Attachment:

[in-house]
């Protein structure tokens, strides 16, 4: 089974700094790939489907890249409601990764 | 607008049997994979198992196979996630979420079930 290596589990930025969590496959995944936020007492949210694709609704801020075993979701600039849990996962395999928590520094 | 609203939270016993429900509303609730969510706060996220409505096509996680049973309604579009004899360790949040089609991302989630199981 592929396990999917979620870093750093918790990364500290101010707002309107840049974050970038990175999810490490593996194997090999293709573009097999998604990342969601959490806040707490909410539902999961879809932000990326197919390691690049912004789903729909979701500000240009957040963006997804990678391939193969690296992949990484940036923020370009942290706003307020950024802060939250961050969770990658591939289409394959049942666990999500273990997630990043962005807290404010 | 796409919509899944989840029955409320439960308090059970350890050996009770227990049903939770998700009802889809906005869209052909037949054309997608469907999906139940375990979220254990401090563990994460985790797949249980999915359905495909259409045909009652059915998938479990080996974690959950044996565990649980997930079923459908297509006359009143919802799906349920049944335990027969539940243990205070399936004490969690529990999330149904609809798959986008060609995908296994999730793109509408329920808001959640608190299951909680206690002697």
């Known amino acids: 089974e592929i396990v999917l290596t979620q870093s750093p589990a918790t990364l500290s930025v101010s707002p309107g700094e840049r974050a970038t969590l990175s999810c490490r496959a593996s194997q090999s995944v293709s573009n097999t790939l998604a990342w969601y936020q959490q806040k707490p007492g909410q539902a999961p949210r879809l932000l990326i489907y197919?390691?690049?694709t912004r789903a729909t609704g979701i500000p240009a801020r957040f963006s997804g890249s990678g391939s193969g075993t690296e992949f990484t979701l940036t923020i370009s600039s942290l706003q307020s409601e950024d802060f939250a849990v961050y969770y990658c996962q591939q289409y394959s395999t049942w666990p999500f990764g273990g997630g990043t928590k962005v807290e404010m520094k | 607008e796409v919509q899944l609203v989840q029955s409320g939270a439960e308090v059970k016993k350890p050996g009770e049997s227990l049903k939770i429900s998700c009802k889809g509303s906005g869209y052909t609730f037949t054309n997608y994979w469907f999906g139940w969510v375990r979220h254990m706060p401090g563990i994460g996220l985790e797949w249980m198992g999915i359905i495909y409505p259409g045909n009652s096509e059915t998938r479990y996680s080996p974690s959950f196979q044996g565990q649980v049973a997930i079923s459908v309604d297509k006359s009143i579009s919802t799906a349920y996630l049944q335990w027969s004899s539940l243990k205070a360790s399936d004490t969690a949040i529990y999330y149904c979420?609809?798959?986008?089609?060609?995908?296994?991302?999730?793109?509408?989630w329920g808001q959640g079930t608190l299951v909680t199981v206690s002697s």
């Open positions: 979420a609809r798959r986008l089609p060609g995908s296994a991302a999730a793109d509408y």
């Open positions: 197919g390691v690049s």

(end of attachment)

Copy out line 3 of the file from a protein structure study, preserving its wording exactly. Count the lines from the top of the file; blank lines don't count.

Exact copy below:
């Known amino acids: 089974e592929i396990v999917l290596t979620q870093s750093p589990a918790t990364l500290s930025v101010s707002p309107g700094e840049r974050a970038t969590l990175s999810c490490r496959a593996s194997q090999s995944v293709s573009n097999t790939l998604a990342w969601y936020q959490q806040k707490p007492g909410q539902a999961p949210r879809l932000l990326i489907y197919?390691?690049?694709t912004r789903a729909t609704g979701i500000p240009a801020r957040f963006s997804g890249s990678g391939s193969g075993t690296e992949f990484t979701l940036t923020i370009s600039s942290l706003q307020s409601e950024d802060f939250a849990v961050y969770y990658c996962q591939q289409y394959s395999t049942w666990p999500f990764g273990g997630g990043t928590k962005v807290e404010m520094k | 607008e796409v919509q899944l609203v989840q029955s409320g939270a439960e308090v059970k016993k350890p050996g009770e049997s227990l049903k939770i429900s998700c009802k889809g509303s906005g869209y052909t609730f037949t054309n997608y994979w469907f999906g139940w969510v375990r979220h254990m706060p401090g563990i994460g996220l985790e797949w249980m198992g999915i359905i495909y409505p259409g045909n009652s096509e059915t998938r479990y996680s080996p974690s959950f196979q044996g565990q649980v049973a997930i079923s459908v309604d297509k006359s009143i579009s919802t799906a349920y996630l049944q335990w027969s004899s539940l243990k205070a360790s399936d004490t969690a949040i529990y999330y149904c979420?609809?798959?986008?089609?060609?995908?296994?991302?999730?793109?509408?989630w329920g808001q959640g079930t608190l299951v909680t199981v206690s002697s």